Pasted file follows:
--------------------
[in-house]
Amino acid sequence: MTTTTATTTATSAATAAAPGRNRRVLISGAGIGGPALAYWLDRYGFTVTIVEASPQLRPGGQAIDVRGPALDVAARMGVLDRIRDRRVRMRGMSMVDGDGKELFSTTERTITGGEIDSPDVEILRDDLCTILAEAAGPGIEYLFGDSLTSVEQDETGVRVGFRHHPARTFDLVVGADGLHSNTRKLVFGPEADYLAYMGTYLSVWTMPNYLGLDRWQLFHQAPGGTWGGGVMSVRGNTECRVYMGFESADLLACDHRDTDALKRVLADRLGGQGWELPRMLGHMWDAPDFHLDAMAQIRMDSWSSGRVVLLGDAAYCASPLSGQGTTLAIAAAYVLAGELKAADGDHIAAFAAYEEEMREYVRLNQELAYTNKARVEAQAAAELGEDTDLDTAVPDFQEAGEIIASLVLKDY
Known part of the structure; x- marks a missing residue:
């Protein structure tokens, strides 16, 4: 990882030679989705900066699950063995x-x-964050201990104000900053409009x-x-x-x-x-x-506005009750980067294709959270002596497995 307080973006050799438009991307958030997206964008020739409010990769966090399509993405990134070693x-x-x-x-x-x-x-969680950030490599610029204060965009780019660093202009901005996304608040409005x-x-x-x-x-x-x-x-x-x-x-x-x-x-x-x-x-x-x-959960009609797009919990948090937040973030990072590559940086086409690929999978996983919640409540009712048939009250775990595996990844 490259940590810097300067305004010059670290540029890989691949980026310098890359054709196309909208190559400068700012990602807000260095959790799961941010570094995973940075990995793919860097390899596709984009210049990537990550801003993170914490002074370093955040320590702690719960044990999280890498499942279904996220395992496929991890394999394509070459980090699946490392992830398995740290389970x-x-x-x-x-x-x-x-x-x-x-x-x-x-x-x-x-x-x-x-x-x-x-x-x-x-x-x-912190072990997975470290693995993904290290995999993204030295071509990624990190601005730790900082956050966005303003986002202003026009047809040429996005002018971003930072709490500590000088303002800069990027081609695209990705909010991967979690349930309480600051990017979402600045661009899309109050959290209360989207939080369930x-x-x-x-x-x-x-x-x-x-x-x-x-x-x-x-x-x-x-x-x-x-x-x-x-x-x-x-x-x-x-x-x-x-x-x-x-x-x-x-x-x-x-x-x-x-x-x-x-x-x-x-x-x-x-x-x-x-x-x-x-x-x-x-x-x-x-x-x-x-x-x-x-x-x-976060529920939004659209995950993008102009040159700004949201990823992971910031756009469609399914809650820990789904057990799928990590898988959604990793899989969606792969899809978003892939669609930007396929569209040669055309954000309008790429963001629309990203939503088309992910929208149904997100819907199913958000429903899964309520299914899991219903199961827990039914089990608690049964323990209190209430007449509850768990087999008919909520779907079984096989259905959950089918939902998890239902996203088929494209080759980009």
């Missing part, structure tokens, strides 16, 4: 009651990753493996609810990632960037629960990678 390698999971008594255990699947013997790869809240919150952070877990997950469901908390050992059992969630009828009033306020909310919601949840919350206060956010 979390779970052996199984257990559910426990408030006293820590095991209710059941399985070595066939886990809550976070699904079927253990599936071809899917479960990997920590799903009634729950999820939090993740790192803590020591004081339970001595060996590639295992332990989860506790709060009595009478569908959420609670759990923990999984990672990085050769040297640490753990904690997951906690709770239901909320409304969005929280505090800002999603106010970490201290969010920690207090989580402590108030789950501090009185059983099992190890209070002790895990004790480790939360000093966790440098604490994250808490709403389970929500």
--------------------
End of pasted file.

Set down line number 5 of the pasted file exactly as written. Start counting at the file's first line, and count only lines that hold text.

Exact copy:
């Missing part, structure tokens, strides 16, 4: 009651990753493996609810990632960037629960990678 390698999971008594255990699947013997790869809240919150952070877990997950469901908390050992059992969630009828009033306020909310919601949840919350206060956010 979390779970052996199984257990559910426990408030006293820590095991209710059941399985070595066939886990809550976070699904079927253990599936071809899917479960990997920590799903009634729950999820939090993740790192803590020591004081339970001595060996590639295992332990989860506790709060009595009478569908959420609670759990923990999984990672990085050769040297640490753990904690997951906690709770239901909320409304969005929280505090800002999603106010970490201290969010920690207090989580402590108030789950501090009185059983099992190890209070002790895990004790480790939360000093966790440098604490994250808490709403389970929500």